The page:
That hasn’t happened at all. In fact, the Illini are a better rebounding team right now than they were last season.

Through six games, the Illini are averaging 39.2 rebounds per game. That is a slight uptick from the 38.5 rebounds they were averaging last season with Kofi on the roster.

It isn’t a massive rebounding difference, but when you lose a player like Kofi and still can rebound the basketball well, then it is something to note. But why is Illinois still able to pull down the boards?

Much like the scoring average going up, Illinois’ rebounds have increased because of a great team effort. We aren’t relying on one player to pull down the rebounds. The Illini has great rebounding guards and wings.

Illinois had four players who averaged at least 3.5 rebounds per game last season. They now have six players who average at least 3.5 rebounds per game this season.

Dain Dainja, who only averages 18.3 minutes per game, is Illinois’ leading rebounder at 7.0 rebounds per contest. As a team, though, this program can crash the glass. The fact we can lose a big-time rebounder like Kofi and still improve in this department says a lot about our coaching staff and players.

Opponent points per game

Underwood loves defense. Chester Frazier loves defense. Therefore, the Illinois basketball team loves defense. That is how this works.

Illinois was a really good defensive team in 2021-22 with Trent Frazier leading the way. The Illini only gave up 67.2 points per game. This was an impressive number at the time.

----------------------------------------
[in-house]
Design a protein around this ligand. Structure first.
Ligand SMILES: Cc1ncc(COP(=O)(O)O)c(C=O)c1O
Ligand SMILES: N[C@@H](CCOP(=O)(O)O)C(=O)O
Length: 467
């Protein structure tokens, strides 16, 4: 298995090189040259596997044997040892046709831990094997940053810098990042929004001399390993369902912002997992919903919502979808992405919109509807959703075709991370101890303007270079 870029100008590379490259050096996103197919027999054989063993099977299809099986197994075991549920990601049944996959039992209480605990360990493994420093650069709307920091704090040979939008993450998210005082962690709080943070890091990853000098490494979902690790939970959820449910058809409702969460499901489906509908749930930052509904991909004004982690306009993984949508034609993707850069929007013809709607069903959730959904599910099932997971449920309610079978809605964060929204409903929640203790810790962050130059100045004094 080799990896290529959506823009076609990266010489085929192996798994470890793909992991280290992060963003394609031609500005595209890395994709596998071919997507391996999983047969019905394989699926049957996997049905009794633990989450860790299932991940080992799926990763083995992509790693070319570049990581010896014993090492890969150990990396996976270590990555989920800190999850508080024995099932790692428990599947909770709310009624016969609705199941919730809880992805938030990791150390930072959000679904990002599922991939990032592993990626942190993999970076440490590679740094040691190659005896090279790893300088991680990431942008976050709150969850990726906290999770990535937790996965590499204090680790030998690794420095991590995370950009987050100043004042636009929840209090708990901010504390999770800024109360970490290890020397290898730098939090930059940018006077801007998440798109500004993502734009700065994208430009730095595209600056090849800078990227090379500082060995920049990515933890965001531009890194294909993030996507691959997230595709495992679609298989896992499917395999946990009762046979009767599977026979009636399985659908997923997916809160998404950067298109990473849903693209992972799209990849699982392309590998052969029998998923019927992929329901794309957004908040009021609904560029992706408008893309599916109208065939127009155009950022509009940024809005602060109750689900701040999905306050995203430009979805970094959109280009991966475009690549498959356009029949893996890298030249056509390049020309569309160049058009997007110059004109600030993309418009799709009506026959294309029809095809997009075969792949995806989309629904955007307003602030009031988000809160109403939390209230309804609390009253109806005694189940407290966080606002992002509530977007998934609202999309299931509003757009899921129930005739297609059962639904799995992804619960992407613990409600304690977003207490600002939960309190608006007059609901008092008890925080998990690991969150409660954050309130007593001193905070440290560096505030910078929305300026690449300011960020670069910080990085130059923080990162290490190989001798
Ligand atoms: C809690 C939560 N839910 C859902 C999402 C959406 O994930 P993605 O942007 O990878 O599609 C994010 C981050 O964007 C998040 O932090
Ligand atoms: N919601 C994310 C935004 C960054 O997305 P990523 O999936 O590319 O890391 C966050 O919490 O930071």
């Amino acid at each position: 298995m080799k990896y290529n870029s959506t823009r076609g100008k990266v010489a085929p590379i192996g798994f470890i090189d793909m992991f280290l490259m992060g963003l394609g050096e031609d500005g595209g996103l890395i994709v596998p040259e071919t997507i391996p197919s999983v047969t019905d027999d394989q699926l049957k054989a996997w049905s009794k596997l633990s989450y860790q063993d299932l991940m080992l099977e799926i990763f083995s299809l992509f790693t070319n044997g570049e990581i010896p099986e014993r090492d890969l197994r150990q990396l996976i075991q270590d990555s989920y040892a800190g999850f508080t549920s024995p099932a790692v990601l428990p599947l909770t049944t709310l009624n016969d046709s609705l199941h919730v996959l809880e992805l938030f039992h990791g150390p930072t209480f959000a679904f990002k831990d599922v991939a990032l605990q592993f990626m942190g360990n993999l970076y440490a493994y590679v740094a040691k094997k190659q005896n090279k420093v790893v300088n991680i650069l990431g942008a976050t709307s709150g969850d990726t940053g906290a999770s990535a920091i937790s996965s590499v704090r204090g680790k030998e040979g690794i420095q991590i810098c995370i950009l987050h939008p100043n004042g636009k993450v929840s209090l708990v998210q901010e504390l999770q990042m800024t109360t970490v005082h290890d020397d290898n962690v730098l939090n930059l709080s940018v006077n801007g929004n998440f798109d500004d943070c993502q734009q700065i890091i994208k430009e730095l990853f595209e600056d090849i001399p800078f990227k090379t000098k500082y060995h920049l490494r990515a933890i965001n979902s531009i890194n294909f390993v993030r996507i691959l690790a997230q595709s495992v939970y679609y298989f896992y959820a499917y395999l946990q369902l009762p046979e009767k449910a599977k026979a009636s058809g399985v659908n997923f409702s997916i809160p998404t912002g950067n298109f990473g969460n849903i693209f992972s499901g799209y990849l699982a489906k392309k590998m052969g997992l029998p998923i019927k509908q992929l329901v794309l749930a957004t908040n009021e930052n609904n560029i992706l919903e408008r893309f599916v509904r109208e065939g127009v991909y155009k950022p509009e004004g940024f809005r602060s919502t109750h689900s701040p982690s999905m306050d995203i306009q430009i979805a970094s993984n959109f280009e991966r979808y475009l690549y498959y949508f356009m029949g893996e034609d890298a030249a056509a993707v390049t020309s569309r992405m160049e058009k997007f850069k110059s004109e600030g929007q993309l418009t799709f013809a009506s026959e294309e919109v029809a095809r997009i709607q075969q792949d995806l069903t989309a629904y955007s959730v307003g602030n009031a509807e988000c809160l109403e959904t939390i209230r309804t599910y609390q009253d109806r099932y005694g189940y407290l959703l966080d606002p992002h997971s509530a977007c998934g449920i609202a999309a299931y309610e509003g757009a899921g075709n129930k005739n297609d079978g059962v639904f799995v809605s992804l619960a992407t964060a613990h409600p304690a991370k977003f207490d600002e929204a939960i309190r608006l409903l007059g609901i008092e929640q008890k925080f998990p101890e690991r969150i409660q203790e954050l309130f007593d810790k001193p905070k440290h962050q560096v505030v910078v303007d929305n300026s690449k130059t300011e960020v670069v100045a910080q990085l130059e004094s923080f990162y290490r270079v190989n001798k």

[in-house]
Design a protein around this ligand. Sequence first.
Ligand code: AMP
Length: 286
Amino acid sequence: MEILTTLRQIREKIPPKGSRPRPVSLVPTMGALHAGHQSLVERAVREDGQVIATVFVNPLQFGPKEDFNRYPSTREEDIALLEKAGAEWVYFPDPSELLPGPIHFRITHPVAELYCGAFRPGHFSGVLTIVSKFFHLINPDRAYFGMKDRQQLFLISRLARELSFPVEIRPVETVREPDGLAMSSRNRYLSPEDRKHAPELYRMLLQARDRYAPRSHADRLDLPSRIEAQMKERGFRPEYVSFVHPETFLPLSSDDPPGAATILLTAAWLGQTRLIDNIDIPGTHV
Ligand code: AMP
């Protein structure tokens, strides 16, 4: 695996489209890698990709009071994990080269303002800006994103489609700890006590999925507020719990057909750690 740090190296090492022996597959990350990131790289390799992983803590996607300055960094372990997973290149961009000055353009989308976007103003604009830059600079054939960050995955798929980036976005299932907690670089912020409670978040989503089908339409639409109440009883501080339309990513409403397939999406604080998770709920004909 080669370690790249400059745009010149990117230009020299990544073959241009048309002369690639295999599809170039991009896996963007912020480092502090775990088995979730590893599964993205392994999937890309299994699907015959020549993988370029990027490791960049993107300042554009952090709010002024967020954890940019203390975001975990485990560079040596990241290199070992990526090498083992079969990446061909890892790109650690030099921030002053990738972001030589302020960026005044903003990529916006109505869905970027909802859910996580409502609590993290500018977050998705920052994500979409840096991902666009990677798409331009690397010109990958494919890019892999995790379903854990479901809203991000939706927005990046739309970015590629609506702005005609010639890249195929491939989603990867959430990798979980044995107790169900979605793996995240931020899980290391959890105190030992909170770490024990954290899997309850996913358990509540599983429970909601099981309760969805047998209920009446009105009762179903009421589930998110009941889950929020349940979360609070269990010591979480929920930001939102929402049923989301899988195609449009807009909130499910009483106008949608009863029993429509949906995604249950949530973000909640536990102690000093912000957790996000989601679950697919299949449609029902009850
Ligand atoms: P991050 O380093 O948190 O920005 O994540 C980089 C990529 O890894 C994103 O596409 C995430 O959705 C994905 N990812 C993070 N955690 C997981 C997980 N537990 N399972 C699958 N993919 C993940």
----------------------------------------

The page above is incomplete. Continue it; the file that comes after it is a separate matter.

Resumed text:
Shockingly, the Illini have actually improved that number greatly through six games this season. Illinois has only allowed 61.5 points per game during the 2022-23 campaign. That is insane.

I think the fact that Illinois was able to replace Kofi with Dainja in the paint helps. He is a more athletic big man who can fill the void left by Kofi. He also stops anything that comes in the paint, as his 1.5 blocks per game lead the team and surpasses Kofi’s 1.0 blocks per game from last season.

Illinois has some great perimeter-guarding guards as well. The entire freshman class guards well. I love what Hawkins has done on the inside. He is averaging 1.2 blocks per game right now. RJ Melendez and Terrence Shannon Jr.’s length gives opposing teams nightmares as well.

The Illini had a good defensive team last season. This season, we have a great one. Illinois is shutting down their opponents.

Opponent assist/turnover ratio

An element of not allowing opposing teams to score the basketball is being able to force them to turn it over and stop their offensive movement.

This has been a specialty for the Illini this season. Last year, Illinois was giving up a solid .960 assist-to-turnover ratio. That means for every .960 assists, the opponent turns the ball over. So, the closer you get to zero, the better you are at defense.

Illinois hasn’t just lowered the assist-to-turnover ratio this year, we nearly cut it in half. Illini opponents are averaging a .557 assist-to-turnover ratio in 2022-23. So, essentially, for every assist that the other team is dishing out, Illinois is forcing two turnovers.

Underwood and his coaching staff have taught this Illinois basketball team well. They are playing some incredible defense, and I think it will take this program a long way come March.

Next. 5 observations from the Illini win over Lindenwood. dark